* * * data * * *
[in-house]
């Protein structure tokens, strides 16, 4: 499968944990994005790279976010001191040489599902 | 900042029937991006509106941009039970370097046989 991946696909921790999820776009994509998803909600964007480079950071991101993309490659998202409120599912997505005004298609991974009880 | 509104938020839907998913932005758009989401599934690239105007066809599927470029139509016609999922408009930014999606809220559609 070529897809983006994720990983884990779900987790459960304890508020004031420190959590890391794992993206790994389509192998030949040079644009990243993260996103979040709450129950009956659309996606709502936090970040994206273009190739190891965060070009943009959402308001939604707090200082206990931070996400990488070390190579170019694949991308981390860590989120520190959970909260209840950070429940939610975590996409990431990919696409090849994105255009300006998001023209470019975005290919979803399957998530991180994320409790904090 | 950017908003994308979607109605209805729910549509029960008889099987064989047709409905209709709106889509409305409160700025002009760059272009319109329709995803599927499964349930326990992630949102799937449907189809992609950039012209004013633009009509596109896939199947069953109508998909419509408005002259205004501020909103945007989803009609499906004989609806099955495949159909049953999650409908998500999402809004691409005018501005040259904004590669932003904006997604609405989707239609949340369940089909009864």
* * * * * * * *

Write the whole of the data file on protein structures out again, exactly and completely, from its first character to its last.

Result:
[in-house]
């Protein structure tokens, strides 16, 4: 499968944990994005790279976010001191040489599902 | 900042029937991006509106941009039970370097046989 991946696909921790999820776009994509998803909600964007480079950071991101993309490659998202409120599912997505005004298609991974009880 | 509104938020839907998913932005758009989401599934690239105007066809599927470029139509016609999922408009930014999606809220559609 070529897809983006994720990983884990779900987790459960304890508020004031420190959590890391794992993206790994389509192998030949040079644009990243993260996103979040709450129950009956659309996606709502936090970040994206273009190739190891965060070009943009959402308001939604707090200082206990931070996400990488070390190579170019694949991308981390860590989120520190959970909260209840950070429940939610975590996409990431990919696409090849994105255009300006998001023209470019975005290919979803399957998530991180994320409790904090 | 950017908003994308979607109605209805729910549509029960008889099987064989047709409905209709709106889509409305409160700025002009760059272009319109329709995803599927499964349930326990992630949102799937449907189809992609950039012209004013633009009509596109896939199947069953109508998909419509408005002259205004501020909103945007989803009609499906004989609806099955495949159909049953999650409908998500999402809004691409005018501005040259904004590669932003904006997604609405989707239609949340369940089909009864």